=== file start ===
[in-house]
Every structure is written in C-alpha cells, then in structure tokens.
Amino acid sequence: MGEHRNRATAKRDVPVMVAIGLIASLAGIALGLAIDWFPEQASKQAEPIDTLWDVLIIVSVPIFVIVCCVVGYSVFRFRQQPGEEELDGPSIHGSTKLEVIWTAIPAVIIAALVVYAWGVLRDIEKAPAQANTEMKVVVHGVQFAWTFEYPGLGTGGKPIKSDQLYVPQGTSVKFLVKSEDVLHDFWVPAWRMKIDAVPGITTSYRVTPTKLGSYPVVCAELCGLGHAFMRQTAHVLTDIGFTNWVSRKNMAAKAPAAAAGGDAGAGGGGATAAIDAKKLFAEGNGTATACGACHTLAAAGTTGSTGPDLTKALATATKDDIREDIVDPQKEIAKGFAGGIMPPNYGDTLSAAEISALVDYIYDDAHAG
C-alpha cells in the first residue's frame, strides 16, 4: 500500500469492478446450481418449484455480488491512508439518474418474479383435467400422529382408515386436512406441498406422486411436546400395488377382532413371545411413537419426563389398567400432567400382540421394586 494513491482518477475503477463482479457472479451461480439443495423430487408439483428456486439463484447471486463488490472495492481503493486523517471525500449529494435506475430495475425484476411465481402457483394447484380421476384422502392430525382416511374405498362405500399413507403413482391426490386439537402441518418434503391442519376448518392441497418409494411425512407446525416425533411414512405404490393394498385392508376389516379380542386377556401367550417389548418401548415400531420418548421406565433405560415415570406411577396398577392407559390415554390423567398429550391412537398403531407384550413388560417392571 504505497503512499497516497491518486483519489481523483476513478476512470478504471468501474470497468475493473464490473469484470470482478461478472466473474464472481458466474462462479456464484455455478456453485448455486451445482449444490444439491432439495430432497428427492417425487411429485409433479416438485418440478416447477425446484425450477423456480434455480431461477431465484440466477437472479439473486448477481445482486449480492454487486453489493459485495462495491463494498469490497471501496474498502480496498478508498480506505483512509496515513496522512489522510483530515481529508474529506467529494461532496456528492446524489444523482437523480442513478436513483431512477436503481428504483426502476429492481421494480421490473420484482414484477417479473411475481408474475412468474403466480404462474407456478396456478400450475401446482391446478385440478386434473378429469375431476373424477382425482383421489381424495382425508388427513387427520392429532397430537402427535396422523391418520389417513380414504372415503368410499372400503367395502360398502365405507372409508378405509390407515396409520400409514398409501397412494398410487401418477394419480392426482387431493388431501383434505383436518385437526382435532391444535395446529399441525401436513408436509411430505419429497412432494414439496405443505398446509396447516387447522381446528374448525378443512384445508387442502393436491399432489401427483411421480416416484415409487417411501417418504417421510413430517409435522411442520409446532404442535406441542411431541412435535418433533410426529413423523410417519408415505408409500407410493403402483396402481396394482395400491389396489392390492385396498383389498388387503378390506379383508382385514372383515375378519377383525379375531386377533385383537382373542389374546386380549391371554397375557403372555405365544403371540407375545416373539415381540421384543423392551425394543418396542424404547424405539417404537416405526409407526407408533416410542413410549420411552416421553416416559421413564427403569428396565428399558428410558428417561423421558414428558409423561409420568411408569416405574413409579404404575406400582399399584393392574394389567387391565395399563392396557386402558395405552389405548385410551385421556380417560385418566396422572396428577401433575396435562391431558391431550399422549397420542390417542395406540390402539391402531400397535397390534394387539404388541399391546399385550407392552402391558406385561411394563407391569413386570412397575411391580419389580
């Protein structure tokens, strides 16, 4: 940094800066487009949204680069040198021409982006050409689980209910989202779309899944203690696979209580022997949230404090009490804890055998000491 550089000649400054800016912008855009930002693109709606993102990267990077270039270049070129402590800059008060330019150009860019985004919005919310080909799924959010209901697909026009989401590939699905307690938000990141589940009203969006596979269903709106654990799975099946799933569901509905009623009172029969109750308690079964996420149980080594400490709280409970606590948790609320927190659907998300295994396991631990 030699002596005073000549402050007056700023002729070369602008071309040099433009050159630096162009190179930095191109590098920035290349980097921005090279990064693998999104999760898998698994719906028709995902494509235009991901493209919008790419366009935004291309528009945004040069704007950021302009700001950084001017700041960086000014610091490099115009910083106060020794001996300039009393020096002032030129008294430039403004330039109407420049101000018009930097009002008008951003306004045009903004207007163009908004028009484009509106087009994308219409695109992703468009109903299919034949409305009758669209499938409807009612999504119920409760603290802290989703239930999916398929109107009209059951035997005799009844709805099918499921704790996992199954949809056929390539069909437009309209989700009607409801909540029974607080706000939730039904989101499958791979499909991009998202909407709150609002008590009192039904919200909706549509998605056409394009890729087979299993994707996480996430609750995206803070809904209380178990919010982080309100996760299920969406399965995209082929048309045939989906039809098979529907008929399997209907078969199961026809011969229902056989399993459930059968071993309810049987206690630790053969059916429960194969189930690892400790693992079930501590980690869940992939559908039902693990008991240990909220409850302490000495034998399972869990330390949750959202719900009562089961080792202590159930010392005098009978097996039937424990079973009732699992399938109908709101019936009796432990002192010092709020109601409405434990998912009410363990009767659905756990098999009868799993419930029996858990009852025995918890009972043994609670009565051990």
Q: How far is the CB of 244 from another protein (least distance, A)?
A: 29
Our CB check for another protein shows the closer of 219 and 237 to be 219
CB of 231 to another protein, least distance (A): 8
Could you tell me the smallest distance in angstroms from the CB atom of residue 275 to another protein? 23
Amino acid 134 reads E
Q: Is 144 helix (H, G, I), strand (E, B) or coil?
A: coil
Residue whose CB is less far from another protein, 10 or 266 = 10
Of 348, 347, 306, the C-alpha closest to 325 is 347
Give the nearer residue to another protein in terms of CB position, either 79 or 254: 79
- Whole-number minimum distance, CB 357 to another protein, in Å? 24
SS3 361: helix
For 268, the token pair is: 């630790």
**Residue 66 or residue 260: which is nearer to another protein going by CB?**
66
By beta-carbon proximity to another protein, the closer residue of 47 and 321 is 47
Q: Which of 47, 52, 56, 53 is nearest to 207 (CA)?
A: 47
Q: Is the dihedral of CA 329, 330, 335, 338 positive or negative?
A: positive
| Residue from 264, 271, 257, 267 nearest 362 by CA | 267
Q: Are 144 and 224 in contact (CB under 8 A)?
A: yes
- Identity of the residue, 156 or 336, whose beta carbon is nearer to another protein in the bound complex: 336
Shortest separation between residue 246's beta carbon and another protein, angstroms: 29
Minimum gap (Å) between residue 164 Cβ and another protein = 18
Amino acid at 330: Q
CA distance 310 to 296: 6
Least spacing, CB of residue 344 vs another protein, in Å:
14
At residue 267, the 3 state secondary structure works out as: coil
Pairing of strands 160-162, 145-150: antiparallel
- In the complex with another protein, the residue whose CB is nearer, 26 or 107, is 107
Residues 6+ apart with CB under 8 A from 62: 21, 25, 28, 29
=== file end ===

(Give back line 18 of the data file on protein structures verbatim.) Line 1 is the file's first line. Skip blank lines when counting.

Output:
SS3 361: helix